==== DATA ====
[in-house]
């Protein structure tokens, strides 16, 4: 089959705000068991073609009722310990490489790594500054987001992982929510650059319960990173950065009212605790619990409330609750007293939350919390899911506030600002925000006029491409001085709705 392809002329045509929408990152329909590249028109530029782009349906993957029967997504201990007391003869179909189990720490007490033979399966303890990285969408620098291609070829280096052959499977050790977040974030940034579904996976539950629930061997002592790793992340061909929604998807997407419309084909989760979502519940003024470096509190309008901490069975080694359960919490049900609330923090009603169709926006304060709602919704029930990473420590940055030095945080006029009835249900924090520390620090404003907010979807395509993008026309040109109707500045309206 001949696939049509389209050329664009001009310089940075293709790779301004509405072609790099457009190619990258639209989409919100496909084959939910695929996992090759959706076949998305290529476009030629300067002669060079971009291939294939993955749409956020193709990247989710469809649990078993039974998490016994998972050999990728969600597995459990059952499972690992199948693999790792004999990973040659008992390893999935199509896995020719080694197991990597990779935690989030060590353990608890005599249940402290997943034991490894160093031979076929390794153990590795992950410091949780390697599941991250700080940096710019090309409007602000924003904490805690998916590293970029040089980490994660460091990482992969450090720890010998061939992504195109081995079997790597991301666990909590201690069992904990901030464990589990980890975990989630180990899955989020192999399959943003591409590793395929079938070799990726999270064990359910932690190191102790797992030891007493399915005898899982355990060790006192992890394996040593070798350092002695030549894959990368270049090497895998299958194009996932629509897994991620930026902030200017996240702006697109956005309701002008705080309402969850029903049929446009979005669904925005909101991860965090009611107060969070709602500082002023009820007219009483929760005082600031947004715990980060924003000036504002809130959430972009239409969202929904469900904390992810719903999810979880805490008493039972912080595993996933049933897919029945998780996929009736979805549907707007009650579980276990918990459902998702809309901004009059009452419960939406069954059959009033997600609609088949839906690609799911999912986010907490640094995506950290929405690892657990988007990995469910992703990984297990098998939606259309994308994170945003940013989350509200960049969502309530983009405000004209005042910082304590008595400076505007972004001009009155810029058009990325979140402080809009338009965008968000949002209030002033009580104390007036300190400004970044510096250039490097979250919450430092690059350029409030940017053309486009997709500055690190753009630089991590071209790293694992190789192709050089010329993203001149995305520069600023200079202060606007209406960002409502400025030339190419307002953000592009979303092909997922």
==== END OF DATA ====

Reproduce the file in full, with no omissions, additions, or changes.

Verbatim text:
[in-house]
């Protein structure tokens, strides 16, 4: 089959705000068991073609009722310990490489790594500054987001992982929510650059319960990173950065009212605790619990409330609750007293939350919390899911506030600002925000006029491409001085709705 392809002329045509929408990152329909590249028109530029782009349906993957029967997504201990007391003869179909189990720490007490033979399966303890990285969408620098291609070829280096052959499977050790977040974030940034579904996976539950629930061997002592790793992340061909929604998807997407419309084909989760979502519940003024470096509190309008901490069975080694359960919490049900609330923090009603169709926006304060709602919704029930990473420590940055030095945080006029009835249900924090520390620090404003907010979807395509993008026309040109109707500045309206 001949696939049509389209050329664009001009310089940075293709790779301004509405072609790099457009190619990258639209989409919100496909084959939910695929996992090759959706076949998305290529476009030629300067002669060079971009291939294939993955749409956020193709990247989710469809649990078993039974998490016994998972050999990728969600597995459990059952499972690992199948693999790792004999990973040659008992390893999935199509896995020719080694197991990597990779935690989030060590353990608890005599249940402290997943034991490894160093031979076929390794153990590795992950410091949780390697599941991250700080940096710019090309409007602000924003904490805690998916590293970029040089980490994660460091990482992969450090720890010998061939992504195109081995079997790597991301666990909590201690069992904990901030464990589990980890975990989630180990899955989020192999399959943003591409590793395929079938070799990726999270064990359910932690190191102790797992030891007493399915005898899982355990060790006192992890394996040593070798350092002695030549894959990368270049090497895998299958194009996932629509897994991620930026902030200017996240702006697109956005309701002008705080309402969850029903049929446009979005669904925005909101991860965090009611107060969070709602500082002023009820007219009483929760005082600031947004715990980060924003000036504002809130959430972009239409969202929904469900904390992810719903999810979880805490008493039972912080595993996933049933897919029945998780996929009736979805549907707007009650579980276990918990459902998702809309901004009059009452419960939406069954059959009033997600609609088949839906690609799911999912986010907490640094995506950290929405690892657990988007990995469910992703990984297990098998939606259309994308994170945003940013989350509200960049969502309530983009405000004209005042910082304590008595400076505007972004001009009155810029058009990325979140402080809009338009965008968000949002209030002033009580104390007036300190400004970044510096250039490097979250919450430092690059350029409030940017053309486009997709500055690190753009630089991590071209790293694992190789192709050089010329993203001149995305520069600023200079202060606007209406960002409502400025030339190419307002953000592009979303092909997922």